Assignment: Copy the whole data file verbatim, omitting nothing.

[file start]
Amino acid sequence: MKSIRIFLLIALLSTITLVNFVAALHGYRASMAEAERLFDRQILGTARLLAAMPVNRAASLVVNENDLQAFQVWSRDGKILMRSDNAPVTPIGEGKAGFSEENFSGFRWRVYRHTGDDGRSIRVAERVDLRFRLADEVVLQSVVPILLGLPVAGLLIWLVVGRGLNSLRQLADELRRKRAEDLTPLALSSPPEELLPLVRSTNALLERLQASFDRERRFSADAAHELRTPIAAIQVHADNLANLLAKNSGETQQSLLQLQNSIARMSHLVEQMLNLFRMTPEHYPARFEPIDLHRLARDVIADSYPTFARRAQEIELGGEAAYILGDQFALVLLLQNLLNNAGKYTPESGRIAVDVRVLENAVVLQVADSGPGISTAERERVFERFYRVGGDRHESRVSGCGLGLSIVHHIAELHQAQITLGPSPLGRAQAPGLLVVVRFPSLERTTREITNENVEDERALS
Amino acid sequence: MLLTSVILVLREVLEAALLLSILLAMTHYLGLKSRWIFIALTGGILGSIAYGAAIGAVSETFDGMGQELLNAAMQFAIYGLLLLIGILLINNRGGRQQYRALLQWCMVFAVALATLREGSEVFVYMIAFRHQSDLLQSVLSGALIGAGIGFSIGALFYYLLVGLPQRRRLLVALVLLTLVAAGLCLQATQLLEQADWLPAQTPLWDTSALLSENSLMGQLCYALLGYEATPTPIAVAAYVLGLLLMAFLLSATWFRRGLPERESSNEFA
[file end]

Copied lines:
Amino acid sequence: MKSIRIFLLIALLSTITLVNFVAALHGYRASMAEAERLFDRQILGTARLLAAMPVNRAASLVVNENDLQAFQVWSRDGKILMRSDNAPVTPIGEGKAGFSEENFSGFRWRVYRHTGDDGRSIRVAERVDLRFRLADEVVLQSVVPILLGLPVAGLLIWLVVGRGLNSLRQLADELRRKRAEDLTPLALSSPPEELLPLVRSTNALLERLQASFDRERRFSADAAHELRTPIAAIQVHADNLANLLAKNSGETQQSLLQLQNSIARMSHLVEQMLNLFRMTPEHYPARFEPIDLHRLARDVIADSYPTFARRAQEIELGGEAAYILGDQFALVLLLQNLLNNAGKYTPESGRIAVDVRVLENAVVLQVADSGPGISTAERERVFERFYRVGGDRHESRVSGCGLGLSIVHHIAELHQAQITLGPSPLGRAQAPGLLVVVRFPSLERTTREITNENVEDERALS
Amino acid sequence: MLLTSVILVLREVLEAALLLSILLAMTHYLGLKSRWIFIALTGGILGSIAYGAAIGAVSETFDGMGQELLNAAMQFAIYGLLLLIGILLINNRGGRQQYRALLQWCMVFAVALATLREGSEVFVYMIAFRHQSDLLQSVLSGALIGAGIGFSIGALFYYLLVGLPQRRRLLVALVLLTLVAAGLCLQATQLLEQADWLPAQTPLWDTSALLSENSLMGQLCYALLGYEATPTPIAVAAYVLGLLLMAFLLSATWFRRGLPERESSNEFA